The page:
high school classes. EI evolved over the past decade out
of several programs funded by the National Science Foundation
led by Marianne Krasny (natural resources), William Carlsen
and Christine Cunningham (education), and Nancy Trautmann
(Center for the Environment).
Since the National Academy
of Sciences released the National Science Education Standards
(for grades K through 12) four years ago, the program is
more important than ever. These standards, intended to form
the bottom line for how science is taught in the United States,
specify that the central strategy should be to involve students
in "authentic inquiry or research." Yet it is not
unusual for high school science teachers to have had no research
experience themselves, because conducting original research
is not a requirement in most teacher education programs.
While a growing
number of schools have environmental science courses at either
the basic of advanced placement levels, often these courses
consist of a broad overview of worldwide issues with little
coverage of topics of local interest. "We've found that
when students have the chance to design and carry out research
related to their local environment, they become excited about
the relevance of what they are learning," says Nancy
Trautmann, the Center for the Environment's program leader
for EI who has spent much of the last decade developing science
education materials for teachers. (Her paperback Composting
in the Classroom: Scientific Inquiry for High School Students,
co-authored with Associate Professor of Natural Resources
Marianne Krasny, sells worldwide.)
developed by commercial textbook publishers are often more
like cookbook-style demonstrations than true experiments.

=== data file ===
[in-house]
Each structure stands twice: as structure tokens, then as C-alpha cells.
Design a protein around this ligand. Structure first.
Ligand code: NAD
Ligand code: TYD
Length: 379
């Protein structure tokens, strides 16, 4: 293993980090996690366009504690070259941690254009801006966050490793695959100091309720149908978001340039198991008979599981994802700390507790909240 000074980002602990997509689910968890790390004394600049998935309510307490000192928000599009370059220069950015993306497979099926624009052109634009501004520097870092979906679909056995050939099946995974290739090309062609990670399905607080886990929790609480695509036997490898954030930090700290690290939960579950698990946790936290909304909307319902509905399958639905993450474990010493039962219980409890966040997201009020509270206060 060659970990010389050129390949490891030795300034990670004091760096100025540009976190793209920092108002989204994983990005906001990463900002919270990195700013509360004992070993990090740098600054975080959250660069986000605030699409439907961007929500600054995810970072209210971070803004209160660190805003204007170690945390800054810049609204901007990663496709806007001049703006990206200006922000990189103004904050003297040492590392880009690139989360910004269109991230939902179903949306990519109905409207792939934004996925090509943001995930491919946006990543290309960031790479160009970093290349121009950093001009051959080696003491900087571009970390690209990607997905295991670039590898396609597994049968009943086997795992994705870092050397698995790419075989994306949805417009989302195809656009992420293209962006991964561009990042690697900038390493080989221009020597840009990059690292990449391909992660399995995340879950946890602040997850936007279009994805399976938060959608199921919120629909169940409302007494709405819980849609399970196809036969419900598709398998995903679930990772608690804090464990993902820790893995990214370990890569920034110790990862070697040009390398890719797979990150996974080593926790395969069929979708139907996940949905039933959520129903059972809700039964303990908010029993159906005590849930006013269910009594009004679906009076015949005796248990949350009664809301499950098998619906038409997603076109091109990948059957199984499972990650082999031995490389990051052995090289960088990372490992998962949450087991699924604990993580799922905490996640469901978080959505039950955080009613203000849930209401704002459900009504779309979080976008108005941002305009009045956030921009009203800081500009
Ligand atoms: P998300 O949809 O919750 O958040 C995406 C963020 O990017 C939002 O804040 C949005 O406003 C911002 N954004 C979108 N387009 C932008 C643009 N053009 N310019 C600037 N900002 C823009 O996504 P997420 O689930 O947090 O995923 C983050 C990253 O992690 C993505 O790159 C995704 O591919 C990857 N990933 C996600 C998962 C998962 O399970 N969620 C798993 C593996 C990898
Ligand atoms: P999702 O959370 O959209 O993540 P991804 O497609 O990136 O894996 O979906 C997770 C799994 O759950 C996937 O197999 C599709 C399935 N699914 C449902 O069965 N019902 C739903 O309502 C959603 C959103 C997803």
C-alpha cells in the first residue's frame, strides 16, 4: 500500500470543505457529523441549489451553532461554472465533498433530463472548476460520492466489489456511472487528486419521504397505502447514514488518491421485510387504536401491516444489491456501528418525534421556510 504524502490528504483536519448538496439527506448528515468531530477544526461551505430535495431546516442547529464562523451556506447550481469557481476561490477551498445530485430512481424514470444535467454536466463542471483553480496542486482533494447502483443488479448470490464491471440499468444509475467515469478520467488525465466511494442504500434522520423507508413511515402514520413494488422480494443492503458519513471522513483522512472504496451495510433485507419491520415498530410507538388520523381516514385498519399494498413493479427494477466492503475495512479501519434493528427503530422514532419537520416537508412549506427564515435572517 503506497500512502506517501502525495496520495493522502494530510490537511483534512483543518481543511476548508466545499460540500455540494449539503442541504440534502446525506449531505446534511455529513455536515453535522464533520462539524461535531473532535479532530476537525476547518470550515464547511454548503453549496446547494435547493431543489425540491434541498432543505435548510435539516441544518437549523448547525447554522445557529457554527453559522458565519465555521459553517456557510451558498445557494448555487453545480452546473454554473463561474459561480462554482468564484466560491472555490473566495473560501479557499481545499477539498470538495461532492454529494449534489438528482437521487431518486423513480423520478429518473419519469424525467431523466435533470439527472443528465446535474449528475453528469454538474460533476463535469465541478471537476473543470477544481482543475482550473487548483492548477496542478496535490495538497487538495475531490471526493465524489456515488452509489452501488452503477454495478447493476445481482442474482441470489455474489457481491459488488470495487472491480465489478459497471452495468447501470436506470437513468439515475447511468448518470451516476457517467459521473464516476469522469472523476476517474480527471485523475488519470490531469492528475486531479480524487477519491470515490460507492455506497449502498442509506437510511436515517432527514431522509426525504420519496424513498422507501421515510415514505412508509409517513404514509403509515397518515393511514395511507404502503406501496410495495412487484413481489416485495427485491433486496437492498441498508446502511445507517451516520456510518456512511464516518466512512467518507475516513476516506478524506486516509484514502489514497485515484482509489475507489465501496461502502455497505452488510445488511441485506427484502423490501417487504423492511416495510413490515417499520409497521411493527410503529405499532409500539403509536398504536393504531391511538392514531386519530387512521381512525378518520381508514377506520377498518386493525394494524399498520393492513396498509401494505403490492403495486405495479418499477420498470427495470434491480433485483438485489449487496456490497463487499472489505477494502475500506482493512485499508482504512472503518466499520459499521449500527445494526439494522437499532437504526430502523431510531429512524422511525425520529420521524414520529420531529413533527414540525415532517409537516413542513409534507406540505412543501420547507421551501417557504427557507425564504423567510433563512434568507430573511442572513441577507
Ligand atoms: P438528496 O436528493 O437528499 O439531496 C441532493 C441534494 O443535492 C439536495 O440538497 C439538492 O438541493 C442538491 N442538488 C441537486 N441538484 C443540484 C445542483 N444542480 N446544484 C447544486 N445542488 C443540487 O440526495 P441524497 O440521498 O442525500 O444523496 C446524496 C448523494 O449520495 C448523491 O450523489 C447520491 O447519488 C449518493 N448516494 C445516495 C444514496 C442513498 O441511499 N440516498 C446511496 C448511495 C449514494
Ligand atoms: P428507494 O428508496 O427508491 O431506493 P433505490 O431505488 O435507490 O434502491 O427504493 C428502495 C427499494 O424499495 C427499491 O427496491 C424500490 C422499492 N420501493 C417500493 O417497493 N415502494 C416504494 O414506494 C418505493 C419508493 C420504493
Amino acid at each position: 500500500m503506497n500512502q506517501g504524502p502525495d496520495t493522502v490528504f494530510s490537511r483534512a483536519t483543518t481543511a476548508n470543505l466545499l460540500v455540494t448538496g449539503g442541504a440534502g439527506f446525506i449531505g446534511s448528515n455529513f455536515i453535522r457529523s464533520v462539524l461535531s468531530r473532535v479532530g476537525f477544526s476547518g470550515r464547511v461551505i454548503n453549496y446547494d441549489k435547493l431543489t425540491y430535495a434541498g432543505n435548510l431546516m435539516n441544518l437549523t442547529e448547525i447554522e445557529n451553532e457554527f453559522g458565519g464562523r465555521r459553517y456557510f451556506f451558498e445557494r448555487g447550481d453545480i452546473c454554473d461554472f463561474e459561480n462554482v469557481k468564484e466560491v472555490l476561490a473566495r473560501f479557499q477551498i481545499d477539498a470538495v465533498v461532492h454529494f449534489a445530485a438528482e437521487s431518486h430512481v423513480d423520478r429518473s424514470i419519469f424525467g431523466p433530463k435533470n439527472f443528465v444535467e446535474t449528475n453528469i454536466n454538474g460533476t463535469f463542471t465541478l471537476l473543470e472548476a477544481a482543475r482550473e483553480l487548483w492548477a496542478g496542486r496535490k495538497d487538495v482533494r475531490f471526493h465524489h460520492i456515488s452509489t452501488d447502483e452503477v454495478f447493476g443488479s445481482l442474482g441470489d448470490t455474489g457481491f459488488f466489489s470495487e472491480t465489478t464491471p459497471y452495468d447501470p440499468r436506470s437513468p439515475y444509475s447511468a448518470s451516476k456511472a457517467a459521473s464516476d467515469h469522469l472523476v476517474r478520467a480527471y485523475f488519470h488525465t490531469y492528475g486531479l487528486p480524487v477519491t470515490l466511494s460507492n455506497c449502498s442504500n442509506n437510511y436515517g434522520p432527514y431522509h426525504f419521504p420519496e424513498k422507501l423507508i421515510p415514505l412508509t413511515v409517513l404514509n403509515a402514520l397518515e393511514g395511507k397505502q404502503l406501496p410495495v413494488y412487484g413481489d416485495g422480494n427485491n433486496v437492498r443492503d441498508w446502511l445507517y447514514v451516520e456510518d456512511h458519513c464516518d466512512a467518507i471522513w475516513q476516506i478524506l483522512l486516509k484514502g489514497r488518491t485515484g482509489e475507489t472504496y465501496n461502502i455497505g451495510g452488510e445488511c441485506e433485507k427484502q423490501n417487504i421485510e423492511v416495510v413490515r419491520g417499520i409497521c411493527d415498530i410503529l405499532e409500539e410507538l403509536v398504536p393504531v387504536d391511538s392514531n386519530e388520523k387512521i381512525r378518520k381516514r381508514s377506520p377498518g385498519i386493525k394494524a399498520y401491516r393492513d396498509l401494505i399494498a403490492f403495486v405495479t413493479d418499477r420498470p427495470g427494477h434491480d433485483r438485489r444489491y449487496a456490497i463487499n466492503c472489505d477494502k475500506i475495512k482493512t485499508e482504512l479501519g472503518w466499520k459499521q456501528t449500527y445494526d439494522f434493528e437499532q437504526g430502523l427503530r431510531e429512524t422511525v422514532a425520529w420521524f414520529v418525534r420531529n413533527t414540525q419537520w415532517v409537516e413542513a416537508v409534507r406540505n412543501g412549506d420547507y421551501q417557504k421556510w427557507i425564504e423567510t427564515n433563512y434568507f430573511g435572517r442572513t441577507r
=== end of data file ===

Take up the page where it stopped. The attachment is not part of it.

With textbook labs, the teacher knows the outcome in advance,
and if students follow the directions faithfully, they will
all get the same results.
"Our goal is quite different,"
says Trautmann of the curriculum materials EI is producing
in the areas of bioremediation and waste management, environmental
toxicology, ecology, and watershed dynamics. "Rather
than learning science as a static body of facts, students
learn the process through which scientific facts are constructed
and then potentially revised as scientific knowledge continually
evolves with new discoveries."
Johnson says some
of the best science happens when his students' experiments
go awry. An experiment gone wrong produces a lot of what
he calls "healthy conversation" about why it went
wrong and what might be done differently. This is what real
science is about, showing students just how much unpredictability-and
creativity-is involved. At the end, they find there are often
more questions to answer than are answered, and a lot more
experiments yet to do.
Too, EI materials
debunk one of the stereotypes most commonly held by high
school students: that scientists are social outcasts, solitary
figures toiling away alone in their laboratories.
One way this happens